Winter 1948 • Vol. X No. 1 Nonfiction |

Dance Criticism

When people who like dancing say a critic is right they mean he is right enough and that his imaginative descriptions are generally illuminating. He can hardly be illuminating or right enough unless he has a fund of knowledge about his subject. In theory he needs to know the techniques and the historical achievements of dancing, the various ways people have looked at it and written about it, and finally he needs a workable hypothesis of what makes a dance hang together and communicate its images so they are remembered. In practice he has to piece together what he needs to learn unsatisfactorily; experience as a dancer and choreographer is an invaluable help to him. The best organized and by far the most useful chunk of knowledge a critic has access to is that about the technique and history of classic ballet—in particular, ballet as dancers learn it. Its gymnastic and rhythmic technique is coherent enough to suggest principles of dance logic—as expressive human movement in mu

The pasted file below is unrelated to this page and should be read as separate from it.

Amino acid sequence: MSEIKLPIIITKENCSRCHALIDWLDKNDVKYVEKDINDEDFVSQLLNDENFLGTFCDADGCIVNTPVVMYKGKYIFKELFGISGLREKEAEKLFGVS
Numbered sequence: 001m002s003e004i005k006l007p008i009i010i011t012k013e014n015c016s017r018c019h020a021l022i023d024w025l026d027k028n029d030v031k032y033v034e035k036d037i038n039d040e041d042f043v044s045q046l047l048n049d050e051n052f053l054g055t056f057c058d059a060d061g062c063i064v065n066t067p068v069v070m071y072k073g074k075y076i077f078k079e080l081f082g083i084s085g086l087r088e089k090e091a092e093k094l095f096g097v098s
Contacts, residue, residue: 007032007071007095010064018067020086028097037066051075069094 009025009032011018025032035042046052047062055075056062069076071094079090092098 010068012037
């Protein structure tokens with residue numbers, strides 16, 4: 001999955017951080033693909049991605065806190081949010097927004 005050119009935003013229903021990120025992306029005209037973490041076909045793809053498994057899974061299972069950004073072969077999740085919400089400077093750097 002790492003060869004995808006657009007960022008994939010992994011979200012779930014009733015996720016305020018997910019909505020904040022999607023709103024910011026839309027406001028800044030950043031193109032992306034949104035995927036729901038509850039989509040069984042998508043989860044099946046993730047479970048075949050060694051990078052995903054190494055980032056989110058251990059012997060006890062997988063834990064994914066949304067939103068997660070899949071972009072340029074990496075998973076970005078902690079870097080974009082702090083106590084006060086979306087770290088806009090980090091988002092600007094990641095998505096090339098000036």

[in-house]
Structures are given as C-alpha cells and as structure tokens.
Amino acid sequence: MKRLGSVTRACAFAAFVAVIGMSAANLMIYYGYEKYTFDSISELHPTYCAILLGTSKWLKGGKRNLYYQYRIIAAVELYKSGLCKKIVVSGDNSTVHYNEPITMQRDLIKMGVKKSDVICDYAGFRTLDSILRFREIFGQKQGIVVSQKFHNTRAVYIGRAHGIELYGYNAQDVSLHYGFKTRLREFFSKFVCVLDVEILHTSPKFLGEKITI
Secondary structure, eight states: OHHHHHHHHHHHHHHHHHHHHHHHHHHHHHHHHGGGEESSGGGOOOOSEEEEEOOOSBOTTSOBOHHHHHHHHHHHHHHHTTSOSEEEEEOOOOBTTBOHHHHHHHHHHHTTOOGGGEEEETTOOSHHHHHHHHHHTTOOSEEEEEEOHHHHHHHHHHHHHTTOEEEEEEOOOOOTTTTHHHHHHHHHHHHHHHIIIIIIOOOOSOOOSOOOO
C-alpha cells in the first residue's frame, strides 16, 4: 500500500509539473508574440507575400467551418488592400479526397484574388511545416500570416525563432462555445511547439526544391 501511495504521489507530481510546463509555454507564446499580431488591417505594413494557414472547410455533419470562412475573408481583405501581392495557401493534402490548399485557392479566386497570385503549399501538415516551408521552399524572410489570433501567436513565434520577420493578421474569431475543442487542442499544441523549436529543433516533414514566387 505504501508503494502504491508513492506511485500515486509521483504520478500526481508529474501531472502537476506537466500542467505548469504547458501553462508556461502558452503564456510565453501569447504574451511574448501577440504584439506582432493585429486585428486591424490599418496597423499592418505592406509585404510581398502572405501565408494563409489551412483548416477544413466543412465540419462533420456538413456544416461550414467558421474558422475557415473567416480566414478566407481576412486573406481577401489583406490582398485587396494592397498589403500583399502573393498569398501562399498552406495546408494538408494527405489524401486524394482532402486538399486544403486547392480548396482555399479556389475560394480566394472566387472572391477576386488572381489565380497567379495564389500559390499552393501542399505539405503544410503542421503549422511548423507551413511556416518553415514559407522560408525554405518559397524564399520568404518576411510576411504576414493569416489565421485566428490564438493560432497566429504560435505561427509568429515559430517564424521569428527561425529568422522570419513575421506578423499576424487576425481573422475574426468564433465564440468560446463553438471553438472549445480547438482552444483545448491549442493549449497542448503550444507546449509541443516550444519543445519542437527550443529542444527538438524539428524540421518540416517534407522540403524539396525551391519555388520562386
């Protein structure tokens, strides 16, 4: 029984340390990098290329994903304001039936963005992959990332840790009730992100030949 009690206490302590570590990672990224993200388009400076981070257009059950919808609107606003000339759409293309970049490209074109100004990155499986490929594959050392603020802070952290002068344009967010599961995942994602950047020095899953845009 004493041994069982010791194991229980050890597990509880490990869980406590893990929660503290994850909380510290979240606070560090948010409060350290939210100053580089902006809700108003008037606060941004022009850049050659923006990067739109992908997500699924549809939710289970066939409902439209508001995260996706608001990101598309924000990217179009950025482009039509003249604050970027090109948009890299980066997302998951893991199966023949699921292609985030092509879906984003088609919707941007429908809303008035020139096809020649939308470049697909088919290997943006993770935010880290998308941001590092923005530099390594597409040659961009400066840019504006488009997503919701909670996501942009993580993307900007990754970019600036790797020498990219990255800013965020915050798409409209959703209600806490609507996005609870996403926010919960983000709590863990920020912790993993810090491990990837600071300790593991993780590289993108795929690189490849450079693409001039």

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The American Ballet

By Edwin Denby

When people who like dancing say a critic is right they mean he is right enough and that his imaginative descriptions are generally illuminating. He can hardly be illuminating or […]

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